Q: What Linux kernel versions does each Open vSwitch release work with?

      A: The following table lists the Linux kernel versions against which the
      given versions of the Open vSwitch kernel module will successfully
      build. The Linux kernel versions are upstream kernel versions, so
      Linux kernels modified from the upstream sources may not build in
      some cases even if they are based on a supported version. This is
      most notably true of Red Hat Enterprise Linux (RHEL) kernels, which
      are extensively modified from upstream.

      Open vSwitch \\ Linux kernel
      ———— \\ ————-
      1.4.x \\ 2.6.18 to 3.2
      1.5.x \\ 2.6.18 to 3.2
      1.6.x \\ 2.6.18 to 3.2
      1.7.x \\ 2.6.18 to 3.3
      1.8.x \\ 2.6.18 to 3.4
      1.9.x \\ 2.6.18 to 3.8
      1.10.x \\ 2.6.18 to 3.8
      1.11.x \\ 2.6.18 to 3.8
      2.0.x \\ 2.6.32 to 3.10
      2.1.x \\ 2.6.32 to 3.11
      2.2.x \\ 2.6.32 to 3.14

      • abehoffman

        Yeah, that makes sense. In order to perform GRE isolation with OpenVSwitch I built the 3.14.19 kernel and installed. OVS worked without a hitch. When I attempted to add the host to Cloudstack 4.4, I got a CGroup error. A RHEL support link directed me to a post that said 3.14.19 didn’t have a proper version of the CGroup utility.

        Thanks for the response. Now that I am looking at the ovs post a little closer, looks like 2.2.x supports kernel 2.6.32 which is CentOS native. Gah! But back to my install.

  1. George

    Hi Antone,

    Thanks for the great post. I ran into the below error;

    TASK: [cldstk-mysql | Update mysql root password for all root accounts] *******
    failed: [192.168.1.33] => (item=192.168.1.33) => {“failed”: true, “item”: “192.168.1.33”, “parsed”: false}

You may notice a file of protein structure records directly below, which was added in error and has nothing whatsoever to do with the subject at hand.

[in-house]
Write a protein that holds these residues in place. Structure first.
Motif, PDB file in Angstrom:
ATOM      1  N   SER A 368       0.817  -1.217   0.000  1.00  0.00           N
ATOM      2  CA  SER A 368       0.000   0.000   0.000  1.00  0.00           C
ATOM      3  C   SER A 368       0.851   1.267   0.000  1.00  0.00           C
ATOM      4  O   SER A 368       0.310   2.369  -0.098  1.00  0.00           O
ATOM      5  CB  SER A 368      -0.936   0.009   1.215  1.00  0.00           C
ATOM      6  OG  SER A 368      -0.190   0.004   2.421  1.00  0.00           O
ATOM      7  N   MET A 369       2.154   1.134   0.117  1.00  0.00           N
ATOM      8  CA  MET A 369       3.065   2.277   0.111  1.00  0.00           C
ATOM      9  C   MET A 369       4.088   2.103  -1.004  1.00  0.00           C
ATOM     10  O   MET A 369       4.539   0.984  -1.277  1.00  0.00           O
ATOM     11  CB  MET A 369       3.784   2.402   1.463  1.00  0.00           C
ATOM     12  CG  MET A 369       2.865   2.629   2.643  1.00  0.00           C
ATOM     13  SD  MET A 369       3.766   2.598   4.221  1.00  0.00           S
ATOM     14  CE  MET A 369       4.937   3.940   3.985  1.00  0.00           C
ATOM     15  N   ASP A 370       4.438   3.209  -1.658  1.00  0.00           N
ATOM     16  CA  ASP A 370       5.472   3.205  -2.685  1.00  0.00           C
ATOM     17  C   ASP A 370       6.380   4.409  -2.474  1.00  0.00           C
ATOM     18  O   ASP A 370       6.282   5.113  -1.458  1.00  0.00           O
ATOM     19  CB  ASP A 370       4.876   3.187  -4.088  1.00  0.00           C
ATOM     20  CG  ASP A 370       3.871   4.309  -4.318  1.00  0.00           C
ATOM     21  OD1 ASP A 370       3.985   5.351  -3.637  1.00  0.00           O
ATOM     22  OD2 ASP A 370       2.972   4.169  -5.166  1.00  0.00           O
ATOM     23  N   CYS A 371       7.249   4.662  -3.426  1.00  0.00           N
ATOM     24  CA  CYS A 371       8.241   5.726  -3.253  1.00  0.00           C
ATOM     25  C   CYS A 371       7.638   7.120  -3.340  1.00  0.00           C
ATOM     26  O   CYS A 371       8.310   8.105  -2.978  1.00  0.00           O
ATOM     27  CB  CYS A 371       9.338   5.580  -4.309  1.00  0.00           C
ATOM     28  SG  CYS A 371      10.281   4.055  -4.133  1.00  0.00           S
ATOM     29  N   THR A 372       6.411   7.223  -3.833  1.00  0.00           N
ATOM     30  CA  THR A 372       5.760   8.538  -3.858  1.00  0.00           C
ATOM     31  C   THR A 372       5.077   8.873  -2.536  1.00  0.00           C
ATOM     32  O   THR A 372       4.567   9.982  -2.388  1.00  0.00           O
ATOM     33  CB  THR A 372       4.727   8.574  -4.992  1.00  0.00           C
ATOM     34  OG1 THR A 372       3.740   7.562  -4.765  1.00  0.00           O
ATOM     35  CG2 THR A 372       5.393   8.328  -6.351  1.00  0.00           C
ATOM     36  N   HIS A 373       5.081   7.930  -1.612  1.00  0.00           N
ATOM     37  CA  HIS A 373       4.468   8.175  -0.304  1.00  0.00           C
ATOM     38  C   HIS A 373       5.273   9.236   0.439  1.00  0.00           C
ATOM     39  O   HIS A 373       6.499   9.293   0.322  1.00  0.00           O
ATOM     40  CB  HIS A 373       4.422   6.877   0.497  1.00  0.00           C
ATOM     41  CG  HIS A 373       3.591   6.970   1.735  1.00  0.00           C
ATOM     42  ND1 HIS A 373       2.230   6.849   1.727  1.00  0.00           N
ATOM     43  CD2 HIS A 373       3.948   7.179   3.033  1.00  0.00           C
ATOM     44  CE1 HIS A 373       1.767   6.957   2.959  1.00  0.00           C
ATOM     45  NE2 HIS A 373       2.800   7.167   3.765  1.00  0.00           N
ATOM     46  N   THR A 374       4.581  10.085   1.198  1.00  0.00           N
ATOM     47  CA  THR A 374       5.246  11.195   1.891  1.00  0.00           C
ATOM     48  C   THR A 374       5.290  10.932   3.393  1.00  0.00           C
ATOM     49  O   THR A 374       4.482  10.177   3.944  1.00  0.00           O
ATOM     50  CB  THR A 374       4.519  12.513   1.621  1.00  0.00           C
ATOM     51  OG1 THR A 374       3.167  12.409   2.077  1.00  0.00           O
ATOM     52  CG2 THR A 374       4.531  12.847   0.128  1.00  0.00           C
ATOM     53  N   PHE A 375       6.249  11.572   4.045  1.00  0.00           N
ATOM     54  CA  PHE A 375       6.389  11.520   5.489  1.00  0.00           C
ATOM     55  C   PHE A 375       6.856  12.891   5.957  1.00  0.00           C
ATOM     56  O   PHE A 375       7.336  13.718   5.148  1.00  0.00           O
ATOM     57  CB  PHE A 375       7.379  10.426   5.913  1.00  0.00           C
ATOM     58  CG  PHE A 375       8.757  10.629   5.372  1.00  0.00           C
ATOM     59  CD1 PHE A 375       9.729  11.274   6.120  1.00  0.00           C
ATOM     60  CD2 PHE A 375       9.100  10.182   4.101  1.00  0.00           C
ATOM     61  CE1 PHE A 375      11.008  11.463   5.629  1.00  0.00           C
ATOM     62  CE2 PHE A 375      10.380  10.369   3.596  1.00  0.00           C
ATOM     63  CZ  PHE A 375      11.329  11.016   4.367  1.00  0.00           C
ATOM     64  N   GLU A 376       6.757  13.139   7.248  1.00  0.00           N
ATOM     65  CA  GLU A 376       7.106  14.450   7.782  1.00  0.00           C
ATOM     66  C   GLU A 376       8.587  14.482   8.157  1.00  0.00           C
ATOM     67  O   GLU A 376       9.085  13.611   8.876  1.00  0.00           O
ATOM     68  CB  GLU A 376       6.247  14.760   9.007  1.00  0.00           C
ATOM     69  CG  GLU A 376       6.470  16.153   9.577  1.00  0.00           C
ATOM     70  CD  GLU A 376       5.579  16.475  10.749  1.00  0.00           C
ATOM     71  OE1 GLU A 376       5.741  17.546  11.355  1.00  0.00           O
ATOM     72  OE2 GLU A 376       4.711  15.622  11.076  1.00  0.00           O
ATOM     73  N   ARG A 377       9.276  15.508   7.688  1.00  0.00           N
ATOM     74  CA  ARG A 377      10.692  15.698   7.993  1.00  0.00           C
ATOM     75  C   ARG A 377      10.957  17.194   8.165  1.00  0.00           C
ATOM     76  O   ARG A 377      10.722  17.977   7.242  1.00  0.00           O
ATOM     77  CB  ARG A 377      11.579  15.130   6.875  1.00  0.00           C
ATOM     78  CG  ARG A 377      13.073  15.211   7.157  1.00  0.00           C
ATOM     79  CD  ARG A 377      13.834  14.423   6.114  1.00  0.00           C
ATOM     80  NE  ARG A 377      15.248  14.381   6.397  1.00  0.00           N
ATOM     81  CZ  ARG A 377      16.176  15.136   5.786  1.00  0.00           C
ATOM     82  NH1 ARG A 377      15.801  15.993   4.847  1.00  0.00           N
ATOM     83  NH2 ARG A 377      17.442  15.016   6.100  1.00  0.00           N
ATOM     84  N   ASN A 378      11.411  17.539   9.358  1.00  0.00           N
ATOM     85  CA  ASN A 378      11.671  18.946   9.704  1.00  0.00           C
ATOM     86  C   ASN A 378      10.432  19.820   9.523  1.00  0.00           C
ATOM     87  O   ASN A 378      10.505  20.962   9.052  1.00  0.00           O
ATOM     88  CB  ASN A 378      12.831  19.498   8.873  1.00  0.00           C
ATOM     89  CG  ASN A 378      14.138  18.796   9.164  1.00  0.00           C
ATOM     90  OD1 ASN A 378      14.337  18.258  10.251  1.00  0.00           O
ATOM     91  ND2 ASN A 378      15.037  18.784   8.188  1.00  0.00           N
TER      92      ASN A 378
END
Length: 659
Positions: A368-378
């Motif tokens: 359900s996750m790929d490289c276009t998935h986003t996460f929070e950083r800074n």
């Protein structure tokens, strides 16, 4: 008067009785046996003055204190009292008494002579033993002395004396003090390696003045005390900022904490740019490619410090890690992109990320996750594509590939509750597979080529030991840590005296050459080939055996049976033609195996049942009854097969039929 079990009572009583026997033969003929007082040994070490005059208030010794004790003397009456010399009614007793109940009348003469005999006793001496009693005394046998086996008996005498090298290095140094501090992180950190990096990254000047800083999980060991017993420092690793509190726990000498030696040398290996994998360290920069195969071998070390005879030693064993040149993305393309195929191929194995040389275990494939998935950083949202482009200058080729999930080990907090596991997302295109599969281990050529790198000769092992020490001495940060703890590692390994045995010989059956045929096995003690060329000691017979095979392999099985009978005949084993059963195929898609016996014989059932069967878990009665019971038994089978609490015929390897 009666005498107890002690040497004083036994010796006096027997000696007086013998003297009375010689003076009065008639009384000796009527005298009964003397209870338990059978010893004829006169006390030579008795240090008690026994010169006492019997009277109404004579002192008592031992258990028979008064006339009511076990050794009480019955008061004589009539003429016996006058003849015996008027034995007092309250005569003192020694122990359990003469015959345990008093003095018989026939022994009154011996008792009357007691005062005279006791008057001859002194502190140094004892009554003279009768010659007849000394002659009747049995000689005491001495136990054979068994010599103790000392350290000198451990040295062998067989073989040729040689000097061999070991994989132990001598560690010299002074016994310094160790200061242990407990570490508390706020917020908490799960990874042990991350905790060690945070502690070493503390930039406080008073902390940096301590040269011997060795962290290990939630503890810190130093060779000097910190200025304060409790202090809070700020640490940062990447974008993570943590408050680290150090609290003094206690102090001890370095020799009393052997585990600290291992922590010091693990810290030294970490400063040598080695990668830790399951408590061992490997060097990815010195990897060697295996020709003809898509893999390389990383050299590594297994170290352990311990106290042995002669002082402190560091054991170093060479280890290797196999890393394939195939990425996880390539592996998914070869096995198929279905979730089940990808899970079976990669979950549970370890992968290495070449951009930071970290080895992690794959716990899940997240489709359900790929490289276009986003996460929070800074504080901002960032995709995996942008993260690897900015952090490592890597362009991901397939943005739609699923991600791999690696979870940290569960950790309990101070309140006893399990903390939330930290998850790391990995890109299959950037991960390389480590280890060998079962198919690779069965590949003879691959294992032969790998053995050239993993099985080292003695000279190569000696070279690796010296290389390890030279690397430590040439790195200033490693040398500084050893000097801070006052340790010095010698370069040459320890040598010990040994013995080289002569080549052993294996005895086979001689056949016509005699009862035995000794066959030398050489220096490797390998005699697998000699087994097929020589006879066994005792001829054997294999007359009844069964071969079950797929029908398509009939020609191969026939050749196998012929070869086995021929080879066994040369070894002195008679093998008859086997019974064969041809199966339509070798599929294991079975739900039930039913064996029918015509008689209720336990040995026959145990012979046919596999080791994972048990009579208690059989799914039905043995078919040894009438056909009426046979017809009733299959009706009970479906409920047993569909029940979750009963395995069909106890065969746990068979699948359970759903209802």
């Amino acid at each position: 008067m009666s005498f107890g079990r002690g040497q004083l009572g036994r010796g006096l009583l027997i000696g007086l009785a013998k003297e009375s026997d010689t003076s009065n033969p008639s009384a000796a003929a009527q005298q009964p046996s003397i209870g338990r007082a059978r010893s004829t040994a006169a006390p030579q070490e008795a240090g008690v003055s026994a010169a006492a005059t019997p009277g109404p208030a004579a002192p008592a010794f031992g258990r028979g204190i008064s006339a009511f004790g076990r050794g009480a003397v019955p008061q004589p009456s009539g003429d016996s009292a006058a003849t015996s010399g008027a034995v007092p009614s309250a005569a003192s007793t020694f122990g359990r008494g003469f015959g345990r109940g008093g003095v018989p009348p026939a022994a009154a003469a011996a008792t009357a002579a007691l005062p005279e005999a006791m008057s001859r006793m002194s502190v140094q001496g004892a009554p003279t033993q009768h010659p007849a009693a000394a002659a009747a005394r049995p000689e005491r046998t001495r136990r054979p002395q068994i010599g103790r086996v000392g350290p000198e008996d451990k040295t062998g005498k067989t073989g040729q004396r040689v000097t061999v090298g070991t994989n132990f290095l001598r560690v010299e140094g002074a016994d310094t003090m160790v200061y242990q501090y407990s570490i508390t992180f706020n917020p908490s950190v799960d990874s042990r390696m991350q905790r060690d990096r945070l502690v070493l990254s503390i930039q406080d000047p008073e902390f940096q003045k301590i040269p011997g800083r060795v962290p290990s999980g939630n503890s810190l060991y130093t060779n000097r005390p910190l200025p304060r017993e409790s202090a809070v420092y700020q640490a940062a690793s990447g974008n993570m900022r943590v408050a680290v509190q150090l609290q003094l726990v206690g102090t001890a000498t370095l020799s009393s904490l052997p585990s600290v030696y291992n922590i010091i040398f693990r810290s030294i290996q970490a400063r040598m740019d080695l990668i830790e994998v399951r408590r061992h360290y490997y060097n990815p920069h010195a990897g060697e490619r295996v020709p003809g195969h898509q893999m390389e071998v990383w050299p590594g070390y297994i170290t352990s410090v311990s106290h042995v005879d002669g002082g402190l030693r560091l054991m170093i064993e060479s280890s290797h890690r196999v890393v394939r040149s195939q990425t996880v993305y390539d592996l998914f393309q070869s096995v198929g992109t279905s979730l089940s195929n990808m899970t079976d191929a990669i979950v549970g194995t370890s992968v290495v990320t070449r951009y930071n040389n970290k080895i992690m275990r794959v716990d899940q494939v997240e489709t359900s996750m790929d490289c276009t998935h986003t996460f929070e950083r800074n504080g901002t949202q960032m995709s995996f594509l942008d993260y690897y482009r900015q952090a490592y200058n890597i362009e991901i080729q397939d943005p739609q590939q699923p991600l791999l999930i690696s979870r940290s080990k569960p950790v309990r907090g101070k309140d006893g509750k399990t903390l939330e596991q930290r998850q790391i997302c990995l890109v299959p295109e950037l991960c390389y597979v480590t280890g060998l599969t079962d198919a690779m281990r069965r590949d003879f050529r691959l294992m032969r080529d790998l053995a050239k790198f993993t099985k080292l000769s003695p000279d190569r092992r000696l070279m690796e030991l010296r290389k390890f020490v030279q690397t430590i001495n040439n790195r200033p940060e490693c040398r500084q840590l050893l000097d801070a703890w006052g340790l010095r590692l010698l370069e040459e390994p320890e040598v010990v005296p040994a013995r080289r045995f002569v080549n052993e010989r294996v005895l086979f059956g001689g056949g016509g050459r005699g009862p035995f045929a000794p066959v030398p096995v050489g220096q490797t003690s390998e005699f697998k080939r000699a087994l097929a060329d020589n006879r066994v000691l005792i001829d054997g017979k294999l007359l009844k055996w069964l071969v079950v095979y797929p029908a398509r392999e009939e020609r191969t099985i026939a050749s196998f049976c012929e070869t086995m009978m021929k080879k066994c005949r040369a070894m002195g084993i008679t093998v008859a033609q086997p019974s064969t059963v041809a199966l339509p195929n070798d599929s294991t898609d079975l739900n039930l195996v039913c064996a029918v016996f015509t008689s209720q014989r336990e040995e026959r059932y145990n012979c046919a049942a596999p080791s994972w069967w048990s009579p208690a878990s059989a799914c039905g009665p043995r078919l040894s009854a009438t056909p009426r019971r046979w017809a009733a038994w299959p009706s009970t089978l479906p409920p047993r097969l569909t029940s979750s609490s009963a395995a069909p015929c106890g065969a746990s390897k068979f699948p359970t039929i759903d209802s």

invalid output was: Traceback (most recent call last):
    File “/root/.ansible/tmp/ansible-tmp-1415108405.29-23907014694690/mysql_user”, line 1822, in
    main()
    File “/root/.ansible/tmp/ansible-tmp-1415108405.29-23907014694690/mysql_user”, line 466, in main
    changed = user_add(cursor, user, host, password, priv)
    File “/root/.ansible/tmp/ansible-tmp-1415108405.29-23907014694690/mysql_user”, line 164, in user_add
    cursor.execute(“CREATE USER %s@%s IDENTIFIED BY %s”, (user,host,password))
    File “/usr/lib64/python2.6/site-packages/MySQLdb/cursors.py”, line 173, in execute
    self.errorhandler(self, exc, value)
    File “/usr/lib64/python2.6/site-packages/MySQLdb/connections.py”, line 36, in defaulterrorhandler
    raise errorclass, errorvalue
    _mysql_exceptions.OperationalError: (1396, “Operation CREATE USER failed for ‘root’@’testcloud.local

    Just wanted to check if this was something you encountered as well and how you got around it.

    Cheers,

    George

  2. Tejas

    script is asking additional question: “whats the current DB server?[dns/ip]” what does it mean? we have already given primary and secondary management server ip and primary, replica database server ip, what is the meaning of current DB server?

  3. Tejas

    Install all-in-one?Y/n: n
    Install Primary Database Server?Y/n: y
    Db Serverdns/ip: 192.168.x.x
    Configure Database Replica?Y/n: y
    replica ip: 192.168.x.x
    Install Primary Management Server?Y/n: y
    Serverdns/ip: 192.168.x.x
    Install additional Management servers?Y/n: y
    Additional management server ip: 192.168.x.x
    whats the current DB server?[dns/ip] ??????

    • Antone Heyward

      You can change the password by editing the cldstk-deploy.py file. Its at the top and starts at line 22. There is also a vars_file.yml create under the ansible folder. Make sure to change it to something MySql supports.